If you’ve tuned into the news or walked the streets of Paris within the last couple of days you’ve probably heard of Brandalism. They describe themselves as a “revolt against corporate control of the visual realm” and the “biggest anti-advertising campaign in world history”.

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The Brandalism movement.

It’s hard not to agree with these bold statements and what’s even harder is not to admire what Brandalism are doing. As an advertising agency ourselves, one day we could be the victims of a Brandalism campaign. This is just the opinion of one man in an agency who believes that these big corporate companies should care about what (negative) effects they are having on our environment, climate and society. Their most recent stunt, after their 2012 “billboards” and their 2014 “bus stops” projects is aimed at the 21st conference of parties or COP21. What Brandalism has done is quite effectively take aim at the sponsors who believe they are making a difference. These sponsors include Air France and GDF-Suez-Engie. You can see the entire gallery of ads here.


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Brandalism take aim at Air France.

The ads, thought up by 82 artists across 19 countries, are placed in bus shelters, taking the place of the companies that Brandalism aren’t all that happy with. The good thing is that the ads themselves don’t look like fake ads. The consumers will actually stop and read the message and the realise that this is satirizing the corporate giants. The COP21 campaign also targets companies who aren’t involved in sponsoring the event. Like the obvious choice of Volkswagen who had the whole emissions scandal thing not so long ago.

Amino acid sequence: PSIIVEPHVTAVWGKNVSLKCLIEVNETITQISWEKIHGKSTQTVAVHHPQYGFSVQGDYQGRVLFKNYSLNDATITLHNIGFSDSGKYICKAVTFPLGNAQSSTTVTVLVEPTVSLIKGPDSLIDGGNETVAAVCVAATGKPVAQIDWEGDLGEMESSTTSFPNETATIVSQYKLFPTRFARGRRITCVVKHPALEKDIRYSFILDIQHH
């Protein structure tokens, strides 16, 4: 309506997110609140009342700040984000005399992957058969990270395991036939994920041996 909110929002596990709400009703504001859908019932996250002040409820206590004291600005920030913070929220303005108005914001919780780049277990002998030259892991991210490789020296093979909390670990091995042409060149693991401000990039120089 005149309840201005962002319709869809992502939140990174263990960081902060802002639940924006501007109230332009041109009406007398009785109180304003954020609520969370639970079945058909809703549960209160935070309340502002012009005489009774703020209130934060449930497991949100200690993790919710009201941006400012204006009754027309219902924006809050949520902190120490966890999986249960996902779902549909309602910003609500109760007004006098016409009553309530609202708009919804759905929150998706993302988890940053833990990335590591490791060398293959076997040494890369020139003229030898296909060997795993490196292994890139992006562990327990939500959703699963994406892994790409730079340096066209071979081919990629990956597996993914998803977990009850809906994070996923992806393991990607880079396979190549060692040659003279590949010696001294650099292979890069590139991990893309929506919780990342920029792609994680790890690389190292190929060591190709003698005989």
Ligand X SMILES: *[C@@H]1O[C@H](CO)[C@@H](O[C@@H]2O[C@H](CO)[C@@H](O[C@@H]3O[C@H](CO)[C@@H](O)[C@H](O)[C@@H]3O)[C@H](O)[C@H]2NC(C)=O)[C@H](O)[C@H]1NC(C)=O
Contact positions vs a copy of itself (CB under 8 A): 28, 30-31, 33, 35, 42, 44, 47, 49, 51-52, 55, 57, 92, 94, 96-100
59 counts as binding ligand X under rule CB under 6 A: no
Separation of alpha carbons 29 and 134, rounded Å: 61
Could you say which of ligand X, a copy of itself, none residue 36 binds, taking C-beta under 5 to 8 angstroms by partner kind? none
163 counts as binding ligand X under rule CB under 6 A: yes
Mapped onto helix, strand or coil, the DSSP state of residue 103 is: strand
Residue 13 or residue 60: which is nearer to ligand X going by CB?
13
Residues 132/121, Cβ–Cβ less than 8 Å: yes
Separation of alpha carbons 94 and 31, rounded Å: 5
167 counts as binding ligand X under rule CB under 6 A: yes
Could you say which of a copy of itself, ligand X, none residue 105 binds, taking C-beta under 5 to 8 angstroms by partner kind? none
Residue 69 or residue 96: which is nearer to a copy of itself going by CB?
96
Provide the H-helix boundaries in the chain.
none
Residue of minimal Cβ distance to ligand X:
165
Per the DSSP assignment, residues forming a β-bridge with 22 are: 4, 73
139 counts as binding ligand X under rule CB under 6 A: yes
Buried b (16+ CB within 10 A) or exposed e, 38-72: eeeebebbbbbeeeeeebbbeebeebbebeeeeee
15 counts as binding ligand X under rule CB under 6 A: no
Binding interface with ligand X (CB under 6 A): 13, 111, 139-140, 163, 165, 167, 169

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Volkswagen was the obvious choice to target.

Brandalism’s similarities.

This whole thing reminds us of Jani Leinonen and the Tony the Tiger campaign (read our blog post here). Jani Leinonen targeted the well-known children’s cereal mascot ‘Tony the Tiger’ basically telling him, and the organisation he represents to grow up and deal with real problems. So that’s our two cents. Not so often you’ll get a person working in an advertising agency openly liking what Brandalism do and why they do it. Let us know your opinions, and we’ll have a nice little discussion.

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